Bankruptcy And Divorce: Determining Which One You Should File First

Posted on: 12 June 2015

A life crisis seems to come out of nowhere. Dealing with a single issue is troubling, but when you're dealing with two major life issues at one time, it can all seem overwhelming. If you are an individual dealing with a pending divorce and bankruptcy, you understand this firsthand. When you find yourself in this type of situation, it can be challenging trying to determine if you should file for divorce or bankruptcy first. While there is no clear answer, there are a few things to consider that can lead you in the right direction.

Cost Concerns

If both you and your soon to be ex are considering bankruptcy and coming up with the money to file for bankruptcy is an issue, you might want to consider filing for bankruptcy before you file for divorce. The reason for this is that filing costs for bankruptcy are the same for individual and joint applicants.

Filing together gives you and the other individual the opportunity to share the filing and court costs that come along with bankruptcy. Even if you should file for divorce shortly after filing for bankruptcy, the filing cost will remain the same.

Type of Bankruptcy

The most important factor you want to consider is what type of bankruptcy both you and the other individual plan to file, such as Chapter 7 or 13. The reason this is so important is that the time it takes to complete the bankruptcy process is quite different depending on what route you take.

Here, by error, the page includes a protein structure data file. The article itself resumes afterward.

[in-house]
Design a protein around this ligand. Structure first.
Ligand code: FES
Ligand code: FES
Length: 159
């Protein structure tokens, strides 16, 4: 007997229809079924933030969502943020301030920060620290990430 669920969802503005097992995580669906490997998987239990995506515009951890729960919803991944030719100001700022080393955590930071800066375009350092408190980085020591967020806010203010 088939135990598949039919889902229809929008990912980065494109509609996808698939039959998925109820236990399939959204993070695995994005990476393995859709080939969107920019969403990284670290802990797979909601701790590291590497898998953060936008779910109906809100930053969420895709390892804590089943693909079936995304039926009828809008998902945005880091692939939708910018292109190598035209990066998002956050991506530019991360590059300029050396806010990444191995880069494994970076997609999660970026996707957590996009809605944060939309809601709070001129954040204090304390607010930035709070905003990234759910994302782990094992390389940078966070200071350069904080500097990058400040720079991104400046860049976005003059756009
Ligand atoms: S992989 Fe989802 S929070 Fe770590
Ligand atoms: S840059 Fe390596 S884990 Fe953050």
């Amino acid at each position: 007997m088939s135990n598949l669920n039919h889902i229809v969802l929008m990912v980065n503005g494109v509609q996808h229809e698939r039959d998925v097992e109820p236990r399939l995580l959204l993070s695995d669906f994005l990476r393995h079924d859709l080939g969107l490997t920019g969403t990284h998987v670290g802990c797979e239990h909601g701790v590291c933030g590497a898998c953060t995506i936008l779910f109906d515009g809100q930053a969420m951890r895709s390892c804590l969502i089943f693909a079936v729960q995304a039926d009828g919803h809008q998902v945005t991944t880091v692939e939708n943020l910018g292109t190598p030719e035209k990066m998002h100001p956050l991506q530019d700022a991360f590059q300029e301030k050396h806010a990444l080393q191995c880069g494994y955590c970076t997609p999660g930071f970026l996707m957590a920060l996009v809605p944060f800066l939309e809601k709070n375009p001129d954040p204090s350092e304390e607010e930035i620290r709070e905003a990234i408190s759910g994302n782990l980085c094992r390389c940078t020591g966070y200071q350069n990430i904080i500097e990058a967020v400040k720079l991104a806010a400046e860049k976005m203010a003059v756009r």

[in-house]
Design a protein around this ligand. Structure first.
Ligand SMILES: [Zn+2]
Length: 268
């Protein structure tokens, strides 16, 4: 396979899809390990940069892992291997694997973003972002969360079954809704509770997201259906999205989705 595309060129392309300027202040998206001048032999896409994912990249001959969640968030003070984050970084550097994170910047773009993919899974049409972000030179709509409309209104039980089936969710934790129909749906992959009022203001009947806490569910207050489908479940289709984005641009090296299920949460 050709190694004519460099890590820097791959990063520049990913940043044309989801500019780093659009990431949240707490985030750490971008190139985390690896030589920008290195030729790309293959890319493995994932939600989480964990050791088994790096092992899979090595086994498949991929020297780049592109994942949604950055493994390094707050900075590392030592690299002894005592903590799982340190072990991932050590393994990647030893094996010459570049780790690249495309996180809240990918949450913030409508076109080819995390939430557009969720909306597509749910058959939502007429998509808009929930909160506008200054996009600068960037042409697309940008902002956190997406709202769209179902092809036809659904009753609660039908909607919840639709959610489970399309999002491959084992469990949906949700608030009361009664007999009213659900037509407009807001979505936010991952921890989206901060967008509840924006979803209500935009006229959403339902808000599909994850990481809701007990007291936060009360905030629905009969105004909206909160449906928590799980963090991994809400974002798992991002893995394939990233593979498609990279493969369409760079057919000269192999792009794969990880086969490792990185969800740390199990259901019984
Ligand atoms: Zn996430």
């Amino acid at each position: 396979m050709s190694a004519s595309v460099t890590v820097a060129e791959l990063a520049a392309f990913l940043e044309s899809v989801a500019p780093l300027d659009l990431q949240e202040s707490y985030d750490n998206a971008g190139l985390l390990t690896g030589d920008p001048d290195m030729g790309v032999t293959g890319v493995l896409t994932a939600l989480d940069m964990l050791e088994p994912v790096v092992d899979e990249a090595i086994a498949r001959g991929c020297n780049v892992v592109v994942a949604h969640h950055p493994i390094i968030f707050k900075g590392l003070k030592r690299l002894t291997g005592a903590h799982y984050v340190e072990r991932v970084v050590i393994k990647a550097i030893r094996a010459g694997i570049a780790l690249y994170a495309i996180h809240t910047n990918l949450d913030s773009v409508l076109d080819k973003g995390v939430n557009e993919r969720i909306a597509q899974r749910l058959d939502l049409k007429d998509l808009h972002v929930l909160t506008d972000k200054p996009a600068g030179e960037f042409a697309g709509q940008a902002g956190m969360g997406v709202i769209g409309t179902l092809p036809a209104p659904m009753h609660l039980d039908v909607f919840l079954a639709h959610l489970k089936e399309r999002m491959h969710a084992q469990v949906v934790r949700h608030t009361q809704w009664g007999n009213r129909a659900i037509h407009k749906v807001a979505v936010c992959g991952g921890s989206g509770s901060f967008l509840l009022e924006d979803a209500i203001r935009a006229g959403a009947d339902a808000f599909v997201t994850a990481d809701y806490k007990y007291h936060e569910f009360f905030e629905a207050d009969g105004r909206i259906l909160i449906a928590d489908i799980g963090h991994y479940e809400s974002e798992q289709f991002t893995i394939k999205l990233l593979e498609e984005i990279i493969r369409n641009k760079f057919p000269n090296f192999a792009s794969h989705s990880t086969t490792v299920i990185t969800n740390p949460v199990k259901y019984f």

Chapter 7 typically takes about six months to finish, while Chapter 13 can take years to complete depending on the payment plan you create. If you're filing Chapter 13, it might be better to get your divorce completed first.

Debt Load

The debt load you and your partner share should also have an influence on whether or not you should file for bankruptcy or divorce first. In the simplest of terms, the higher the debt load, the more you should consider filing for bankruptcy first. The seemingly never ending process of back and forth, trying to determine which spouse is responsible for which debts can lead to costly litigation during divorce.

Filing for bankruptcy first allows you and the individual to come up with a plan for your debts beforehand, such as discharge or payment plan. When you do file for divorce, this is one less task you two have to complete.

Make sure an experienced bankruptcy attorney, like Thomas A Blake, is your primary point of reference concerning your bankruptcy. Your attorney will be able to assess your current situation to help you make a decision that will be best for you today, tomorrow and well into the future.